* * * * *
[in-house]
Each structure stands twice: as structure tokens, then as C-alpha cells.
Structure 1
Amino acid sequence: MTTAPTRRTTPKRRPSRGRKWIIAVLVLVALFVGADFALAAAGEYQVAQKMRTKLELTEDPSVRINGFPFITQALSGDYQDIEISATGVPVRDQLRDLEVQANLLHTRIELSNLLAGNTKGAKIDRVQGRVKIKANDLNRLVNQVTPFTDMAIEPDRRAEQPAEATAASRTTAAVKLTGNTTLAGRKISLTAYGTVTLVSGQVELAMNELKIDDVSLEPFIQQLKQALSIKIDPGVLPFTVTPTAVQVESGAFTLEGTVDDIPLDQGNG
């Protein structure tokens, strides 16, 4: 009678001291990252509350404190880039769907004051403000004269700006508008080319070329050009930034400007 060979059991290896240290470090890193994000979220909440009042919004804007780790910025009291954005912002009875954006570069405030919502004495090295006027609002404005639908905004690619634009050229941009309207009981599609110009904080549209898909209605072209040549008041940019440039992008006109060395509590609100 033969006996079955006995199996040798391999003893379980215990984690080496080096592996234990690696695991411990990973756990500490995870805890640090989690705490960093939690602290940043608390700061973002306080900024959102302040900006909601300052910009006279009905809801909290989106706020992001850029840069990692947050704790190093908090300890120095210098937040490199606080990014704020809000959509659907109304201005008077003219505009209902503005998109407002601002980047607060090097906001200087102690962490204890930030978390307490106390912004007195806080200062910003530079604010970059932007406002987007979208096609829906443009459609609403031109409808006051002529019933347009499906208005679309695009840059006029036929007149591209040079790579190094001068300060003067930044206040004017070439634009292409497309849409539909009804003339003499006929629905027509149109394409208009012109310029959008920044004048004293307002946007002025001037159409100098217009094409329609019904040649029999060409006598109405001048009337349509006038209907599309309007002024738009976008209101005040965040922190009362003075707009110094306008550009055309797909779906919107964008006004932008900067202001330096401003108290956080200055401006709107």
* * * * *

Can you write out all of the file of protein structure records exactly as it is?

[in-house]
Each structure stands twice: as structure tokens, then as C-alpha cells.
Structure 1
Amino acid sequence: MTTAPTRRTTPKRRPSRGRKWIIAVLVLVALFVGADFALAAAGEYQVAQKMRTKLELTEDPSVRINGFPFITQALSGDYQDIEISATGVPVRDQLRDLEVQANLLHTRIELSNLLAGNTKGAKIDRVQGRVKIKANDLNRLVNQVTPFTDMAIEPDRRAEQPAEATAASRTTAAVKLTGNTTLAGRKISLTAYGTVTLVSGQVELAMNELKIDDVSLEPFIQQLKQALSIKIDPGVLPFTVTPTAVQVESGAFTLEGTVDDIPLDQGNG
């Protein structure tokens, strides 16, 4: 009678001291990252509350404190880039769907004051403000004269700006508008080319070329050009930034400007 060979059991290896240290470090890193994000979220909440009042919004804007780790910025009291954005912002009875954006570069405030919502004495090295006027609002404005639908905004690619634009050229941009309207009981599609110009904080549209898909209605072209040549008041940019440039992008006109060395509590609100 033969006996079955006995199996040798391999003893379980215990984690080496080096592996234990690696695991411990990973756990500490995870805890640090989690705490960093939690602290940043608390700061973002306080900024959102302040900006909601300052910009006279009905809801909290989106706020992001850029840069990692947050704790190093908090300890120095210098937040490199606080990014704020809000959509659907109304201005008077003219505009209902503005998109407002601002980047607060090097906001200087102690962490204890930030978390307490106390912004007195806080200062910003530079604010970059932007406002987007979208096609829906443009459609609403031109409808006051002529019933347009499906208005679309695009840059006029036929007149591209040079790579190094001068300060003067930044206040004017070439634009292409497309849409539909009804003339003499006929629905027509149109394409208009012109310029959008920044004048004293307002946007002025001037159409100098217009094409329609019904040649029999060409006598109405001048009337349509006038209907599309309007002024738009976008209101005040965040922190009362003075707009110094306008550009055309797909779906919107964008006004932008900067202001330096401003108290956080200055401006709107």